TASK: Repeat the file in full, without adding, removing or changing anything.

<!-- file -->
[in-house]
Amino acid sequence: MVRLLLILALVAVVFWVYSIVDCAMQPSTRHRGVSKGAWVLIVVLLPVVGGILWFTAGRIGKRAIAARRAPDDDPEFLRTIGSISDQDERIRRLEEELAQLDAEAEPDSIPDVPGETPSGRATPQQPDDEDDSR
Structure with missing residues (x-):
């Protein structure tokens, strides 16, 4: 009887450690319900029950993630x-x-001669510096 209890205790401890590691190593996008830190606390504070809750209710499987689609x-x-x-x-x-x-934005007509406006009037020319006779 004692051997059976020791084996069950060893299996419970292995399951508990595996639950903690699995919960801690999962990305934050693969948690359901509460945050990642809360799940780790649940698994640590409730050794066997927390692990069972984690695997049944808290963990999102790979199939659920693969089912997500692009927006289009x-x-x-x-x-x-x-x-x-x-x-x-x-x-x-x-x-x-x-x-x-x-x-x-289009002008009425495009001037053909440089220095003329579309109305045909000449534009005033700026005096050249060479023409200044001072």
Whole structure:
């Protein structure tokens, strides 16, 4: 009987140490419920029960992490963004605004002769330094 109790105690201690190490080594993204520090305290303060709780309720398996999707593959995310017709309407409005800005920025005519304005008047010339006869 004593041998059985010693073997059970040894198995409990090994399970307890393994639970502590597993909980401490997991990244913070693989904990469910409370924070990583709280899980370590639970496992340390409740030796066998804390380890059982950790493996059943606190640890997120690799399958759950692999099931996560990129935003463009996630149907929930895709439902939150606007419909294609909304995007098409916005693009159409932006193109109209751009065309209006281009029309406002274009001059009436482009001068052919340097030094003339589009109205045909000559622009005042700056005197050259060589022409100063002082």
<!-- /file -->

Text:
[in-house]
Amino acid sequence: MVRLLLILALVAVVFWVYSIVDCAMQPSTRHRGVSKGAWVLIVVLLPVVGGILWFTAGRIGKRAIAARRAPDDDPEFLRTIGSISDQDERIRRLEEELAQLDAEAEPDSIPDVPGETPSGRATPQQPDDEDDSR
Structure with missing residues (x-):
């Protein structure tokens, strides 16, 4: 009887450690319900029950993630x-x-001669510096 209890205790401890590691190593996008830190606390504070809750209710499987689609x-x-x-x-x-x-934005007509406006009037020319006779 004692051997059976020791084996069950060893299996419970292995399951508990595996639950903690699995919960801690999962990305934050693969948690359901509460945050990642809360799940780790649940698994640590409730050794066997927390692990069972984690695997049944808290963990999102790979199939659920693969089912997500692009927006289009x-x-x-x-x-x-x-x-x-x-x-x-x-x-x-x-x-x-x-x-x-x-x-x-289009002008009425495009001037053909440089220095003329579309109305045909000449534009005033700026005096050249060479023409200044001072």
Whole structure:
């Protein structure tokens, strides 16, 4: 009987140490419920029960992490963004605004002769330094 109790105690201690190490080594993204520090305290303060709780309720398996999707593959995310017709309407409005800005920025005519304005008047010339006869 004593041998059985010693073997059970040894198995409990090994399970307890393994639970502590597993909980401490997991990244913070693989904990469910409370924070990583709280899980370590639970496992340390409740030796066998804390380890059982950790493996059943606190640890997120690799399958759950692999099931996560990129935003463009996630149907929930895709439902939150606007419909294609909304995007098409916005693009159409932006193109109209751009065309209006281009029309406002274009001059009436482009001068052919340097030094003339589009109205045909000559622009005042700056005197050259060589022409100063002082």